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How to plan a wake

Julia Faulks / 23 October 2015

Read our guide to planning a wake to help you through this difficult time.

Buffet at a wake
Many people will have travelled a long way for the funeral, so it's a good idea to provide some food

The type of wake that you plan will largely depend on the religious beliefs and customs of the person who has died. We guide you through this difficult time to help you prepare for the day or week ahead.

Traditionally a wake involves friends and relatives who stay with the deceased until they are taken to the church or cemetery. But these days, the term appears to have been adopted more for post-funeral gathering or ‘reception’ where family and friends come together to offer support and comfort or to say prayers.

A visitation or viewing is usually a far more subdued gathering and is held at the funeral home, chapel of rest or mortuary the day before the funeral, or immediately after the funeral or memorial service.

How can you involve friends and family?

The purpose of a wake is to celebrate the person who has died, so friends and family are encouraged to reminisce and share stories, laugh or cry together. You may choose to have on display any, or all, of the following:

  • Photos of the person placed in frames or in albums
  • A guest book for family and friends to write stories in and express their condolences
  • Funeral cards
  • Flowers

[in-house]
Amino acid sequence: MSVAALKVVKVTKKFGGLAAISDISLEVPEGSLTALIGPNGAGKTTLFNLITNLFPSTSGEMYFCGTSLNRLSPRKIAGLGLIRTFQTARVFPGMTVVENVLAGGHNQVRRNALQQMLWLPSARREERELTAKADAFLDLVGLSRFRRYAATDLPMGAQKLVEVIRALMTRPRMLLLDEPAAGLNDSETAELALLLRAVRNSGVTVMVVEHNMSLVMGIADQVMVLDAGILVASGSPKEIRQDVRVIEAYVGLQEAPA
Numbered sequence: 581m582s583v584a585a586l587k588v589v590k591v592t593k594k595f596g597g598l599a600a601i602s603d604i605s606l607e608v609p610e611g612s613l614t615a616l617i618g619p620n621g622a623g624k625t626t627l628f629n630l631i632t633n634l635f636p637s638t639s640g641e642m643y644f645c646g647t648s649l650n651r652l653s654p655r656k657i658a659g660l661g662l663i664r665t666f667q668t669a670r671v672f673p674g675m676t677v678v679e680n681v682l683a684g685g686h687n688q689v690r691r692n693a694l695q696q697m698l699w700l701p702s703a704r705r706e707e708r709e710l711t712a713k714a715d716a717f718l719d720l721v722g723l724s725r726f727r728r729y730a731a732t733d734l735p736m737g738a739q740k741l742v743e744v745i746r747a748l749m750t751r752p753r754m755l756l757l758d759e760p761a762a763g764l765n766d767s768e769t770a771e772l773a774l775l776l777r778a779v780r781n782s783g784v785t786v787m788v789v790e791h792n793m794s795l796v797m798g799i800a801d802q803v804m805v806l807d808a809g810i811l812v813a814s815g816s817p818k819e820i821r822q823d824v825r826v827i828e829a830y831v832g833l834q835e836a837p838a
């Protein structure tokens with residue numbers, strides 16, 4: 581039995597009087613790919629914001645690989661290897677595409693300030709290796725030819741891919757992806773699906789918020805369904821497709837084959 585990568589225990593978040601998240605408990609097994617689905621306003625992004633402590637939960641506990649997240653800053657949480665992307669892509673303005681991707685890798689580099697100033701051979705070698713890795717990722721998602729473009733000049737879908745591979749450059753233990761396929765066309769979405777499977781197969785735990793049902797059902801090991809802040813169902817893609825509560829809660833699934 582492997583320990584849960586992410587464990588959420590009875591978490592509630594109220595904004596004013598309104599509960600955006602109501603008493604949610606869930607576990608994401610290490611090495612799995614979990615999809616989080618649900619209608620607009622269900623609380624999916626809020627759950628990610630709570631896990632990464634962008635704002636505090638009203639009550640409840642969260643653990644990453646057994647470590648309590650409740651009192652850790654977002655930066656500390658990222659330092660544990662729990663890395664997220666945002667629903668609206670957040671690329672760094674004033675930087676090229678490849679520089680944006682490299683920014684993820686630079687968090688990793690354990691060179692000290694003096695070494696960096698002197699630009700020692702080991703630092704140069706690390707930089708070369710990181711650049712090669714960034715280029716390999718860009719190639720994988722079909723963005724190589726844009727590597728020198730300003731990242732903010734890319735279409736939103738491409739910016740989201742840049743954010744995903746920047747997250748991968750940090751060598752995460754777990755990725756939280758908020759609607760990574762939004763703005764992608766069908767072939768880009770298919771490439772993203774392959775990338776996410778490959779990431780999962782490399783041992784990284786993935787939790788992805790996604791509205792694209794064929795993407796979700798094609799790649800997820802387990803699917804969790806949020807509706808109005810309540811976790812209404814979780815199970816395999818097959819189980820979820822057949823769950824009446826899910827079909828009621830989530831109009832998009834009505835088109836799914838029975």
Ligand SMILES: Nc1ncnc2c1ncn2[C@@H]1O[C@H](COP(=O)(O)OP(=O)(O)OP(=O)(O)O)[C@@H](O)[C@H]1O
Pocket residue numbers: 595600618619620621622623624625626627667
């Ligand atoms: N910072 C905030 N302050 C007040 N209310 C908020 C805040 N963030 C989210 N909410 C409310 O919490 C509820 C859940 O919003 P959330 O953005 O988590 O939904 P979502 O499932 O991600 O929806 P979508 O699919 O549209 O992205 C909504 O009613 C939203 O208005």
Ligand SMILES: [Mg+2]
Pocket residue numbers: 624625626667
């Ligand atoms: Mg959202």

What sort of venue?

Death is a sensitive issue and people can be easily offended if it feels like too much of a ‘party’ atmosphere, so where is the right place to hold it?

1) Your own home or the home of the person who has died: This will allow people to feel comfortable and may feel a more casual setting.

2) A hired venue: This works well for large numbers of people. You may also want to consider reserving an area in a pub, hotel, social club or sports club.

3) Religious building: Some people don’t like the thought of having people back to their house or even in a social setting, so there is also the option of hosting a wake in a religious building.

What food and drink should you provide?

Many people who have come to the gathering will have travelled quite far to get there and will appreciate being fed and watered. Here are some suggestions for what to include on the day:

1) Hot and cold drinks: You can use disposable cups, plates and napkins to keep things simple.

2) Platters of food: Sandwiches, salads, cold meats, quiches, biscuits – it doesn’t need to be fancy. It could even be based on a favourite food of the person who has passed away, for example, fish and chips.

3) Catering: Organising outside catering will take the pressure off trying to work out what sort of food is appropriate and how much is needed (and some venues may offer this as part of the service). You could also ask people to bring a plate with them to contribute to the buffet and this will help to keep costs down.

4) Limited amount of alcohol: Keep supplies to a minimum, especially while emotions are high (and in some religions alcohol is not allowed at all).


The opinions expressed are those of the author and are not held by Saga unless specifically stated. The material is for general information only and does not constitute investment, tax, legal, medical or other form of advice. You should not rely on this information to make (or refrain from making) any decisions. Always obtain independent, professional advice for your own particular situation.